One of the larger producers of single malts in the Speyside region, the Balvenie is no stranger to creating new expressions, be they of limited offering or part of their main range. A newer release has been several whiskies aged 17 years, such as a Doublewood and this Peated Cask. The spirit is aged in ex-American bourbon barrels, but then some of it is finished in peated barrels and half is aged in new American oak. The two elements are finally brought together for balance. This allows a peat injection to the relatively lighter malt without overwhelming it.
Distillery: The Balvenie
Age: 17 years
Maturation: Heavily peated and new American oak casks
Nose: Cinnamon, nutmeg, grass, floral, grain, honey, smoke
Palate: Hay, apple, honey, peat
Finish: Honey, cinnamon, nutmeg, peat
Adam – Floral and sweet on the nose. Rich, light taste blossoms like a tumbleweed of love across the landscape of your palate before transitioning into peat and honey on the finish. The taste feels like it rolls from the primary floral flavors right into the finish so that you’re not sure if you’ve swallowed or the whisky has simply absorbed into your mouth. The touch of peat was the right choice, carried by the refined base spirit. Remarkably seamless. Spring in a bottle.
Jenny – On the nose, it’s very floral, with a little bit of smoke and peat. I like it because it makes me think of spring from all the floral notes. When I drink it, a lot of that floral comes through on the tongue and I get a little bit of honey, very light smoke and light peat. The flavor blooms like a flower in your mouth. And it lingers for a little bit, a smidge of warmth. It makes me think of grass covered hills and wildflowers and the sun, and it makes me happy.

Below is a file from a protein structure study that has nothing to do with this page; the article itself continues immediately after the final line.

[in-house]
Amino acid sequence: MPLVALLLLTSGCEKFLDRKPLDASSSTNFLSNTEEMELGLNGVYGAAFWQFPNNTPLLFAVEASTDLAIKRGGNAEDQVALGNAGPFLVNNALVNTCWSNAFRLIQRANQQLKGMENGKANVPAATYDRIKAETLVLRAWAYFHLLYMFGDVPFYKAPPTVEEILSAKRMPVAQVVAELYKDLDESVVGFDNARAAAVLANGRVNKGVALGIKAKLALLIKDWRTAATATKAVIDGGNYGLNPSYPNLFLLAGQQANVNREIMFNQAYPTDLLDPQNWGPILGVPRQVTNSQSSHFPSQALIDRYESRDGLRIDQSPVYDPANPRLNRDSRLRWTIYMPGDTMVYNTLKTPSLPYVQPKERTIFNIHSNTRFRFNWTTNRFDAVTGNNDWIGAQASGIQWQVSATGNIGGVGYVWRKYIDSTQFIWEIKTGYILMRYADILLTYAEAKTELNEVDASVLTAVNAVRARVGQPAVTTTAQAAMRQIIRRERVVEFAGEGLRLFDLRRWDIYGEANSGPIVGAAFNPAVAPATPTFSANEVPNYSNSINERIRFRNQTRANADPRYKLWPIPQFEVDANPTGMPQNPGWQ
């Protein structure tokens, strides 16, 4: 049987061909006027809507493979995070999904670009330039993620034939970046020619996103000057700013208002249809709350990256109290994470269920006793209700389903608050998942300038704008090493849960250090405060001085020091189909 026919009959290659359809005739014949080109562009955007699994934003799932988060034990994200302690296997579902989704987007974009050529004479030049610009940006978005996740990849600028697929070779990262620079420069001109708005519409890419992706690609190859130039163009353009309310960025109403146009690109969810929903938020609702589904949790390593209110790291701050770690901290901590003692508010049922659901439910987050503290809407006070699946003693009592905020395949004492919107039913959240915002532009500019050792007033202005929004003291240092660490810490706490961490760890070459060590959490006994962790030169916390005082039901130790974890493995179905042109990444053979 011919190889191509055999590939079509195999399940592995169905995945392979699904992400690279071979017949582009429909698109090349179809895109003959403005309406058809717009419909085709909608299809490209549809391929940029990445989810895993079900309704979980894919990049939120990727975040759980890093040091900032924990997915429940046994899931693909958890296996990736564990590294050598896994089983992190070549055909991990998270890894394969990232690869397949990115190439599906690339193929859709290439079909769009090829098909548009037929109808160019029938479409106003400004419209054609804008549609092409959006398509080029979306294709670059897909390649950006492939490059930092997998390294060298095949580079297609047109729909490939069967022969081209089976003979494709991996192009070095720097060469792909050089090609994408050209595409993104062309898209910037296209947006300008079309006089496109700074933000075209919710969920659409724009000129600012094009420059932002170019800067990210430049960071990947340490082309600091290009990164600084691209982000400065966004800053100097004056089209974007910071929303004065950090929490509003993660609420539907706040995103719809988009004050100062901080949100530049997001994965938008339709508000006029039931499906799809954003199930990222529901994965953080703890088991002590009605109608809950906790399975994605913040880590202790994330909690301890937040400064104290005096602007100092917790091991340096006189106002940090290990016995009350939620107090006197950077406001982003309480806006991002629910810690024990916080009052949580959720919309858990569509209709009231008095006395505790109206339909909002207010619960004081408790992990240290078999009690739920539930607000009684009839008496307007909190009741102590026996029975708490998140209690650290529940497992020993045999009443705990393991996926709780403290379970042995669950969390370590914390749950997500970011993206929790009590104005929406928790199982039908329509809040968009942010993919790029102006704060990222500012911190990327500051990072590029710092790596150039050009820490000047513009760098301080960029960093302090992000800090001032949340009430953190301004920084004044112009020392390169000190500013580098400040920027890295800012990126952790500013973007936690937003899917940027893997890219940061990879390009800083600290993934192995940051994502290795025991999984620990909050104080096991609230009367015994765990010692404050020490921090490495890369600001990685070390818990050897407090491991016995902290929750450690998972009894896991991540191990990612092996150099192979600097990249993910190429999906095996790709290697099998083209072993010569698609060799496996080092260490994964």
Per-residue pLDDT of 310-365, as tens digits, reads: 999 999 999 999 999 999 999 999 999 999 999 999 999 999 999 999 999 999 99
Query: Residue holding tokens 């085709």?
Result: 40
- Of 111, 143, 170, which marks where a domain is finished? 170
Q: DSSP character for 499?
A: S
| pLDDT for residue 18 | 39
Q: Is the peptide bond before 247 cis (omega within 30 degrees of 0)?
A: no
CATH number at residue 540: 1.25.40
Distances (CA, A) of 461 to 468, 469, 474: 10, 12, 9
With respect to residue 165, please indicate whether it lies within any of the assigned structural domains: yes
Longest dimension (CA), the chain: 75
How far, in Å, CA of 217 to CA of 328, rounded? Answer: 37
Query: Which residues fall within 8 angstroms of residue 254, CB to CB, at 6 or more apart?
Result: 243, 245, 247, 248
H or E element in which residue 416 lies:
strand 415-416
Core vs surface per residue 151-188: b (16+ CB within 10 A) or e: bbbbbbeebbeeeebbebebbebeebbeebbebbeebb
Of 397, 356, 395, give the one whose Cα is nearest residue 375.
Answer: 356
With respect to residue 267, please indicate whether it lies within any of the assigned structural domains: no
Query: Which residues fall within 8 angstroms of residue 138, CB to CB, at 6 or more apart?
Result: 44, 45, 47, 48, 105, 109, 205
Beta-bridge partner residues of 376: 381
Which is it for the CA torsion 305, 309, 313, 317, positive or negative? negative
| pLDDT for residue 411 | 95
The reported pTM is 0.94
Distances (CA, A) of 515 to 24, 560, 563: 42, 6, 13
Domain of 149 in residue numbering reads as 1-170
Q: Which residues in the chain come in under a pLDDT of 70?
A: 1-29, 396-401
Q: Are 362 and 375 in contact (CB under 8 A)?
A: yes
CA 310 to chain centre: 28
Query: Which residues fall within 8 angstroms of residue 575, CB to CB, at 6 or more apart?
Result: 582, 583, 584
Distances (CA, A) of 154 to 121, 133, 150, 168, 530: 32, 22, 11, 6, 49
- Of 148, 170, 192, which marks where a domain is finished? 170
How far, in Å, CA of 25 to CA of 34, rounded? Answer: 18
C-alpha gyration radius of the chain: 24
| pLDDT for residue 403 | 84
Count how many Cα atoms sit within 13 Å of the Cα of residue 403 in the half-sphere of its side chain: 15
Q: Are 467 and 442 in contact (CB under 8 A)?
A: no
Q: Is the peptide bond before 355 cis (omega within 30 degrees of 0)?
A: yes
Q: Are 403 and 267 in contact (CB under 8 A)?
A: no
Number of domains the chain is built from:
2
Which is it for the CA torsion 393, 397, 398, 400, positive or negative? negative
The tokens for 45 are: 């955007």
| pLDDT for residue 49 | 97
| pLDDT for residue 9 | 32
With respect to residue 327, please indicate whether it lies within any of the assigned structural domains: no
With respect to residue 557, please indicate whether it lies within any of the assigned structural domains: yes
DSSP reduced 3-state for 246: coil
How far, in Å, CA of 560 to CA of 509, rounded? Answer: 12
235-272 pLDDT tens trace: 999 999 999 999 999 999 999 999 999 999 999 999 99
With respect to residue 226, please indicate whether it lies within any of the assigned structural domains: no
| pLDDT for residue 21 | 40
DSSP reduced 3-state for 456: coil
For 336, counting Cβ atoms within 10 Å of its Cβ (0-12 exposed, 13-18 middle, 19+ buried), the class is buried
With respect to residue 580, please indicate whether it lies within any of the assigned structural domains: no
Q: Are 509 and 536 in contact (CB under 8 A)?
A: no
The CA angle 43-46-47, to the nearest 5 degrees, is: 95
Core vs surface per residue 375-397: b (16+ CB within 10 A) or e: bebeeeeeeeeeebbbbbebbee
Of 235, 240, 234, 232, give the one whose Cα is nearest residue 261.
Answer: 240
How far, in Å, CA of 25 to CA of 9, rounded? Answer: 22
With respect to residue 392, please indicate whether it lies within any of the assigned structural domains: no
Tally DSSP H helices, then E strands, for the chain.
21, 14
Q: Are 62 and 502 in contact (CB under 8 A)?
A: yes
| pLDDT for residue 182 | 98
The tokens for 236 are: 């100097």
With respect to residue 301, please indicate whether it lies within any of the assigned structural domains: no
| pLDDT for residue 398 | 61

Meghan – The nose and palate don’t quite match up on this one but that is okay. The nose has a lot of warm spice that doesn’t really come into play in the mouth until the very end. It has a very clean peat taste, if that makes any sense. Less smoke than an Islay or our Balvenie standby, the Doublewood. The grass to spice taste transition is quite unique. Although I noted some of the flora on the nose, I did not pick up the same spring-like freshness others noticed. However, there is a light brown/tan color taste with a hint of green to this Scotch. Perhaps the taste of new grass working its way through its dead, wintered brethren.
Henry – This one was a challenge. That’s not to say I didn’t enjoy it. A lovely nose – floral up front, yielding to vanilla and toast with the lightest hint of peat. Sweetness and light on the palate, fading to smoke like a sky at sunset. A clean finish, with smoke lingering. Delicious. I love a whisky that takes your senses on a journey, and this one does not disappoint. So here’s the question: why not just add some peated barley to the mash? Why smoke the wood? Should I care? I’ll ruminate on that while I pour myself another dram.
Michael – Partially because we’re moving into spring, it feels very spring-like, very seasonally appropriate. It has a fresh and bright flavor to it with these hints of honey and fruit which I really like right now. It also has a subtle hint of peat. I’d usually like a lot more, but I’m less a fan of peat when we move into the spring and summer months. That hint of peat is a nice compliment to the base flavors already there.
Mary-Fred – The grass flavor is dominant for me. It’s really fresh and expansive. It opens up the palate and goes on down.